Multi-level DSL for plugin extension?

(Sebastian Peters) #1

Hey there,

I’ve written a plugin that takes parameters from my main build.gradle. The relevent parts of the plugin look like this:

  // Within apply()
  project.extensions.create("mypluginstuff", MyPluginExtension)

  // At the bottom
  class MyPluginExtension{
      String somestring

And on my main script I got:

mypluginstuff {
    somestring = 'Hello'

This works totally fine without a hiccup. However, I would like to add similar plugins under the same namespace, like so:

    mypluginstuff {
        thatoneplugin {
            somestring = 'Hello'
        thatotherplugin {
            someotherstring = 'Hi'

The two plugins would only be grouped together for better readability. However, when I tried to do so, it would obviously tell me that thatoneplugin() couldn’t be found. I assumed that touching the extension.create would fix it:

project.extensions.create("mypluginstuff.thatoneplugin", MyPluginExtension)

But now it tells me that mypluginstuff() couldn’t be found.

Any ideas?

(Dimitar Dimitrov) #2

The dot has no special meaning. In this case, you created an extension with name mypluginstuff.thatoneplugin, but when you type the same thing in the script, Gradle sees it as:

  1. get mypluginstuff property from project
  2. get thatoneplugin property from mypluginstuff

As mypluginstuff does not exist, step 1 fails.

If you want the nested syntax, you should either implement methodMissing on MyPluginExtension and hendle closure parameters (read about using closure delegates). Or if you know what nested ‘sub-things’ you want to support, declare normal methods taking closure as parameters.

(Chris Doré) #3

When an extension is created Gradle makes it also extensible.

project.extensions.create( 'mypluginstuff', ... )
project.extensions.mypluginstuff.extensions.create( 'thatoneplugin', ... )

(Sebastian Peters) #4

That looked like a straightforward solution, which I was looking for. However, it doesn’t seem to work.

* What went wrong:
Execution failed for task ':sometask'.
> Could not get unknown property 'thatoneplugin' for root project 'NestedTestGradle' of type org.gradle.api.Project.

According to the page you linked to, you wrote one “extensions” too much on your second line, but even without that I get the same error.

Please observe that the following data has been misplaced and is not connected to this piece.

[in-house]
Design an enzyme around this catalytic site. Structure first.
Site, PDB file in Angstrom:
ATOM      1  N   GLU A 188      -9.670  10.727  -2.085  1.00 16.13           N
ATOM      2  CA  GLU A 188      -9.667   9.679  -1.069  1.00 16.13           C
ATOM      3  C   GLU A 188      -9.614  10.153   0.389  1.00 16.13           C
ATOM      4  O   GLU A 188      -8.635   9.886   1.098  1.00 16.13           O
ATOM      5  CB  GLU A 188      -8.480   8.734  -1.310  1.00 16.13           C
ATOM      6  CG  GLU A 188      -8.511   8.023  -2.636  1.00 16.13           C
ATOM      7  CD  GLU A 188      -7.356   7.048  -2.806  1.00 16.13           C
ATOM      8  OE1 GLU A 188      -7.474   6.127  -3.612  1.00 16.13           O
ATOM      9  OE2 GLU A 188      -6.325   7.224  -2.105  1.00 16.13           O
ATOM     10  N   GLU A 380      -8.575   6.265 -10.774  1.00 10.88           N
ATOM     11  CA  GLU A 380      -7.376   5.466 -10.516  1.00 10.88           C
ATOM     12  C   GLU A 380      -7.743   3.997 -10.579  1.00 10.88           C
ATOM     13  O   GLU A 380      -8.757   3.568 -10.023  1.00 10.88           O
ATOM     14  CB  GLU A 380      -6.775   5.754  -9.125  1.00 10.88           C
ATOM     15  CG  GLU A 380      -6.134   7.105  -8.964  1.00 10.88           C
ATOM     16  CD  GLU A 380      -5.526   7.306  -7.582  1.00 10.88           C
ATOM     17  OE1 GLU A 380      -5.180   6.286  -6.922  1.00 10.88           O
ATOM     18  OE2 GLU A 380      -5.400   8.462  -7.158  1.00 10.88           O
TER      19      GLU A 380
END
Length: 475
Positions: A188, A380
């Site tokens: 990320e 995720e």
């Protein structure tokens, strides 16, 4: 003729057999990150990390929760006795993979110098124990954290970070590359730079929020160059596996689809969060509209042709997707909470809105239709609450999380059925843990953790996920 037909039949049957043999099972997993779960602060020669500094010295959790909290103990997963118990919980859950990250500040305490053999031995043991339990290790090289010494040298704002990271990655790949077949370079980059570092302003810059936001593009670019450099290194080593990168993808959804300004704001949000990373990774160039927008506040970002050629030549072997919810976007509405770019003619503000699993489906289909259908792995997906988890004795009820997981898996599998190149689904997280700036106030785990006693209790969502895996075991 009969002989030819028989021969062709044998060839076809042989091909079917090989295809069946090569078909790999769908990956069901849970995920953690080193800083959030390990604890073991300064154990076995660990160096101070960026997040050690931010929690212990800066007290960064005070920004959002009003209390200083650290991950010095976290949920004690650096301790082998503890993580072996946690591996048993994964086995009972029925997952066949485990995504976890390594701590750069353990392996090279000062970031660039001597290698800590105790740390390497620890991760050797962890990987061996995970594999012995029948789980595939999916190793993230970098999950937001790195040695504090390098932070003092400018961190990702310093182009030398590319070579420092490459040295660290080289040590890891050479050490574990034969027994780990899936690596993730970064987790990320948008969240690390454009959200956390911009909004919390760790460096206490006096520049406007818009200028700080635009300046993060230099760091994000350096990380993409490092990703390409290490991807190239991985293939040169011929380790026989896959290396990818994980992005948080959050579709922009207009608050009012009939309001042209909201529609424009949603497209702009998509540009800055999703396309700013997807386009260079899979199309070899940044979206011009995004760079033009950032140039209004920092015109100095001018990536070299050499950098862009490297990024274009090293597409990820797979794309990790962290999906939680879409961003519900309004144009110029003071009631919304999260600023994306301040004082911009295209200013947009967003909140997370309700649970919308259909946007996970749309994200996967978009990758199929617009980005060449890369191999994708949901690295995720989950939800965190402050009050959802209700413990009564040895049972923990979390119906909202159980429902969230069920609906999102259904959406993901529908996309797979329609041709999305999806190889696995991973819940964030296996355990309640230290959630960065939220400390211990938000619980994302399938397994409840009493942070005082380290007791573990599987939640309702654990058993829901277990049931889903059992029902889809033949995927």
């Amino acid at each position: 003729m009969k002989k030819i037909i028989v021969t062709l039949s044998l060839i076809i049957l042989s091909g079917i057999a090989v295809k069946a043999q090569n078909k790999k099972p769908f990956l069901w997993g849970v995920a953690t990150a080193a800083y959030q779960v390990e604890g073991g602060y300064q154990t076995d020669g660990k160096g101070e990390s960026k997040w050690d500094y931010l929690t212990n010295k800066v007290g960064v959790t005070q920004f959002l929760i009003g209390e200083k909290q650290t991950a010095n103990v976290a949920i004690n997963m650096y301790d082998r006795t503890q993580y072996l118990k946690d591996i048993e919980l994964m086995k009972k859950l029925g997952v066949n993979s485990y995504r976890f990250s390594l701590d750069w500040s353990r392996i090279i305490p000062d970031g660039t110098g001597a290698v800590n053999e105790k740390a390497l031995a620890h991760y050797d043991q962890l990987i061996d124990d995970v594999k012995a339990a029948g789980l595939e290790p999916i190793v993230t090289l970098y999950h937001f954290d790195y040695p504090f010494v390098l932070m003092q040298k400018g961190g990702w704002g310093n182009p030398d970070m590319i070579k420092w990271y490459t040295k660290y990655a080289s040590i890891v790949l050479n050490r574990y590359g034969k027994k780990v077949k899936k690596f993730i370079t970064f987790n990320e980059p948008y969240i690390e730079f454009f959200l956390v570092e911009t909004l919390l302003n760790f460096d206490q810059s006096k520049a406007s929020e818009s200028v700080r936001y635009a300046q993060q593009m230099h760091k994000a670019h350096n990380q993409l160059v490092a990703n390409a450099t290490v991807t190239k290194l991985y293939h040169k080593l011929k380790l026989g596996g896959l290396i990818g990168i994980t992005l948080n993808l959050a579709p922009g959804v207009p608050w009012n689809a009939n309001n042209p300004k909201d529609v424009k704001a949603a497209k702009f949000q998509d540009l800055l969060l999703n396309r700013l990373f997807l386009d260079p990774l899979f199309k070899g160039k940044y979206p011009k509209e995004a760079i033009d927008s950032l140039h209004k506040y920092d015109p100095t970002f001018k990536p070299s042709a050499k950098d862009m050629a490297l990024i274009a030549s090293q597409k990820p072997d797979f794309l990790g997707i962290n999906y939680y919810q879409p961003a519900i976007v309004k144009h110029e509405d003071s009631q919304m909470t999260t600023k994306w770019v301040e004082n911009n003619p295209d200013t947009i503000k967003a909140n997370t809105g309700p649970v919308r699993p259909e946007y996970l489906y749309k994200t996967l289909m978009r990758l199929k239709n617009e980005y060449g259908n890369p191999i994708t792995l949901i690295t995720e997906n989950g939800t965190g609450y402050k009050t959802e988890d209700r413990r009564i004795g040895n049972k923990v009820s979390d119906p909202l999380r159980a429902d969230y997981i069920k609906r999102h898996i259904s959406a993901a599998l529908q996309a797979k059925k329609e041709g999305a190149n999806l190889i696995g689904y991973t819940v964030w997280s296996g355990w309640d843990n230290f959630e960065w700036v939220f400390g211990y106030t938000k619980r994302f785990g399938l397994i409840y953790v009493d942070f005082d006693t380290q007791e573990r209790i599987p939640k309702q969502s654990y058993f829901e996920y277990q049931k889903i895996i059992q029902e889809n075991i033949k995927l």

As type I’ve used the same one, since that’s also what the page tells you, and I wouldn’t even know what else to use.

(Sebastian Peters) #5

That sounds mighty complex for such a seemingly simple concept. I might fall back to this, but for now I want something that is simpler to work with.

(Chris Doré) #6

Yes, the extra ‘extensions’ is not needed, I just prefer it as a matter of personal style since it disambiguates the task and extension containers, and all the other properties available from the project.

Here’s a quick test:

class Outer {
    String a
class Inner {
    String b
extensions.create( 'outer', Outer )
extensions.outer.extensions.create( 'inner', Inner )
outer {
    inner {
        b 'world'
    a 'hello'
task ab << {
    println "${outer.a} ${outer.inner.b}"

With the following results:

$ ./gradlew -q ab
hello world

(Dimitar Dimitrov) #7

In that case let me spell it in simpler terms: Gradle does not support “Multi-level DSL for plugin extension” in the way you envision.

It is achievable, if you do some mumbo jumbo that you are not prepared to do.

That is not the worst though, the worst is that such a plugin would be running counter to the existing best practices and conventions, likely confusing your users and burdening the maintainers.

In summary: don’t do it. If you want your plugins to be visually grouped - use comments.

(Sebastian Peters) #8

Nice, got it work! At first it was being annoying once more, because I tried to migrate it to a plugin and forgot to add the “project” reference before “outer.a”. Thanks a ton, bro. :slight_smile: